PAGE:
Don Richard Eckelberry, a prolific
illustrator who was one of the country's foremost bird painters,
died Jan. 14 in Bay Shore, N.Y. He was 79 and lived in Babylon,
N.Y. He died of respiratory failure after surgery, said his
Al Gilbert, past president of the Society of Animal Artists, said, "Don was probably in stature comparable to Roger Tory Peterson in the field of wildlife art and bird painting."
As illustrator of Richard Pough's Audubon Bird Guide in 1946, Mr. Eckelberry portrayed virtually all the birds of North America north of Mexico in all significant plumages, in 1,250 color pictures.
Dr. Durbin Rowland of the University of Chicago wrote of the first volume: "Each bird seems to have sat or rather perched for a portrait rich in distinguished traits, right in stance, in coloring and even in feathered personality." Audubon, the professor said, would have been thrilled.
Mr. Eckelberry's drawings and paintings are found in 14 books,
including "An Introduction to Nature" by John Kieran,
"A Field Guide to the Birds of the West Indies," "A
Guide to the Birds of Trinidad and Tobago," "Our Amazing
Birds" by Robert S. Lemmon, and the Audubon Western Bird
Guide. He was a staff artist with the National Audubon Society
in the 1940's but worked after that as a
Les Line, editor in chief of Audubon magazine from 1966 to 1991, described Mr. Eckelberry's artwork, which he frequently published, as "fine art rather than draftsmanship."
Mr. Line said Mr. Eckelberry bucked a growing trend in the 1970's and 80's in which artists, working from photographs, put more and more detail into wildlife painting, including detail one could not hope to see in the field, until the painted birds ended up looking stuffed.
By contrast, he said, "Eckelberry's paintings really breathed life, and as they really looked in nature a bird flying over the ocean with waves breaking or flocks of skimmers lined up on shore."
Mr. Eckelberry was born and raised in Sebring, Ohio, and by the age of 15 had formed a bird club, was writing nature columns for two newspapers and had had a one-man show. He attended the Cleveland Institute of Art, where he met his future wife, who was his freshman design instructor, and spent a summer as a trailside naturalist for the Cleveland park system.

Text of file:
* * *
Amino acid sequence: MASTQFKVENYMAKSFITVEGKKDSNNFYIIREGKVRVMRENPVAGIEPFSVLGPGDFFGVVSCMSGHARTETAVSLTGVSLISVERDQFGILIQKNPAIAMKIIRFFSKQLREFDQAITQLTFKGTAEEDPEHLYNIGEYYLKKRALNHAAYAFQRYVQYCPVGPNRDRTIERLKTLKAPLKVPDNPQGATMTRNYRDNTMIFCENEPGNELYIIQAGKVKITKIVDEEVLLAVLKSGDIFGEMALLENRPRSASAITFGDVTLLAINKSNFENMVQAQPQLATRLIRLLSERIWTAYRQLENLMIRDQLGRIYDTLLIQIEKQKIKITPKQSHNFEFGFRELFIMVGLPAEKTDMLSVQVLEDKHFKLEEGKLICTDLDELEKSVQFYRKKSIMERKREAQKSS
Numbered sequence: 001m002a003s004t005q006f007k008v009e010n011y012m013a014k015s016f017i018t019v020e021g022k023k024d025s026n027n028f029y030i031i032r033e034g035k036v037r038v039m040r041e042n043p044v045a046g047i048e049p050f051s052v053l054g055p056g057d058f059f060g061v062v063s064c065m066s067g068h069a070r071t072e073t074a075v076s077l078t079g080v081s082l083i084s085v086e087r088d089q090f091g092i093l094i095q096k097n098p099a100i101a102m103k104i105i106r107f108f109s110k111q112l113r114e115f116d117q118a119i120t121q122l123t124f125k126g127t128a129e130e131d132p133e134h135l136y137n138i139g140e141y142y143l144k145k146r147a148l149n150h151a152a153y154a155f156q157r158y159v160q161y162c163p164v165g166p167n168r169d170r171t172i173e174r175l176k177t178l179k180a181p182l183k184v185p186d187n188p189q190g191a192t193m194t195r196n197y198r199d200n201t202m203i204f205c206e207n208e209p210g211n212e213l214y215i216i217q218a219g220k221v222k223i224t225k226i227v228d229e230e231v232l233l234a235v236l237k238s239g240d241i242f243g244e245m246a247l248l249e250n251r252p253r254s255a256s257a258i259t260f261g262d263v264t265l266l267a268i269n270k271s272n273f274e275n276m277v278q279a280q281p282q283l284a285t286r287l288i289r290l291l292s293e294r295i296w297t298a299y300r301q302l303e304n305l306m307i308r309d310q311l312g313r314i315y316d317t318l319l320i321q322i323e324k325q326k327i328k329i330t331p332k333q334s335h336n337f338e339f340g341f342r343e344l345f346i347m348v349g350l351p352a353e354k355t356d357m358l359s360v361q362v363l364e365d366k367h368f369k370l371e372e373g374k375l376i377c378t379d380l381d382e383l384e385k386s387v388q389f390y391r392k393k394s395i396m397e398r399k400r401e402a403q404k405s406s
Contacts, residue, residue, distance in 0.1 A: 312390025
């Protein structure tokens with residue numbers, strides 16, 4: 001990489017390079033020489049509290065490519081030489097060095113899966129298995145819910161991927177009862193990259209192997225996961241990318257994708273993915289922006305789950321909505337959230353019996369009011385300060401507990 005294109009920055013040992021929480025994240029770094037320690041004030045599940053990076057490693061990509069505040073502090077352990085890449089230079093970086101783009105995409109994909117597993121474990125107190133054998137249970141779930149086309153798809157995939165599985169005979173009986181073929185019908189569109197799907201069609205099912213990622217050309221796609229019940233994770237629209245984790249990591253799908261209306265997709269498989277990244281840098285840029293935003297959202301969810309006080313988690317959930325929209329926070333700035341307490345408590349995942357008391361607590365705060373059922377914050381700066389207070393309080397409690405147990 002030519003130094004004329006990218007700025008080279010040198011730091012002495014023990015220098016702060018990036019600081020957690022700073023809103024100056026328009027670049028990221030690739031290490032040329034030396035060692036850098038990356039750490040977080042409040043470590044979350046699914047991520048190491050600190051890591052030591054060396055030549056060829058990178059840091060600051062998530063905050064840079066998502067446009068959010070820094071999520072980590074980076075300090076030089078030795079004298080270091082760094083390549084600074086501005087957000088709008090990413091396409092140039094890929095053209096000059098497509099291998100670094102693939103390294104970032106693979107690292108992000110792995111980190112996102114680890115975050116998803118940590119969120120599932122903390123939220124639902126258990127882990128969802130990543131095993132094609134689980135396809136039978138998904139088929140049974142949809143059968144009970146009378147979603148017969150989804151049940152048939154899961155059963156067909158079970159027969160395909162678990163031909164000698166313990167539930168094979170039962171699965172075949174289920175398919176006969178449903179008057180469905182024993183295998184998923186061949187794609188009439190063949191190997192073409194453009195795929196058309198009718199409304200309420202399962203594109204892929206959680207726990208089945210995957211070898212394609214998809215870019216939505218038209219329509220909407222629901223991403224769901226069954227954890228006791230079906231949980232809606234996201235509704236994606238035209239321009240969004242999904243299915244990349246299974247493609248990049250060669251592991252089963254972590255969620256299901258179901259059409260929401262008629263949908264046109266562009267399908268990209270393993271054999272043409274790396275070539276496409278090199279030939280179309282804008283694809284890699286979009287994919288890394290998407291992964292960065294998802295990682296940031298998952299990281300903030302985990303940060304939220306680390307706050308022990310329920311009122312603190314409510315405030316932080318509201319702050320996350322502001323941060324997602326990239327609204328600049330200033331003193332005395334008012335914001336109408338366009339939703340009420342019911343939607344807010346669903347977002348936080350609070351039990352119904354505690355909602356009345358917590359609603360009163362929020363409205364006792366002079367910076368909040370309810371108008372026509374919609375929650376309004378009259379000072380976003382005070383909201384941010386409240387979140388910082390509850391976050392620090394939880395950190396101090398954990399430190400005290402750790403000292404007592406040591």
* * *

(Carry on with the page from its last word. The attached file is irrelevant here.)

While working in a California optical company as part of the war effort, he went on a desert bird-watching trip with John H. Baker, director of the National Audubon Society, who promptly hired him.
Some of his early jobs for the society included being warden of wildlife sanctuaries in Louisiana, where he traveled to check on the nearly extinct ivory-billed woodpecker; Okeechobee, Fla.; and Cape May Point, N.J.
"Don was known as the consummate field man, making brilliant, lifelike sketches of birds throughout North, Central and South America," said Robert M. Peck, curator of art at the Academy of Natural Sciences in Philadelphia and a long time friend of Mr. Eckelberry's.
"He was also a fabulous raconteur, creating eerily convincing sound effects and affecting a wide range of accents as he wove captivating tales of his many adventures in the field."
In 1967, Mr. Eckelberry and two other conservationists raised money to buy Spring Hill Plantation, a thousand-acre estate in Trinidad well known to ornithologists because of its nesting oilbirds and a wide variety of other tropical species. They renamed it the Asa Wright Nature Center, after its former owner, and it is now a nonprofit center for ecotourism and research.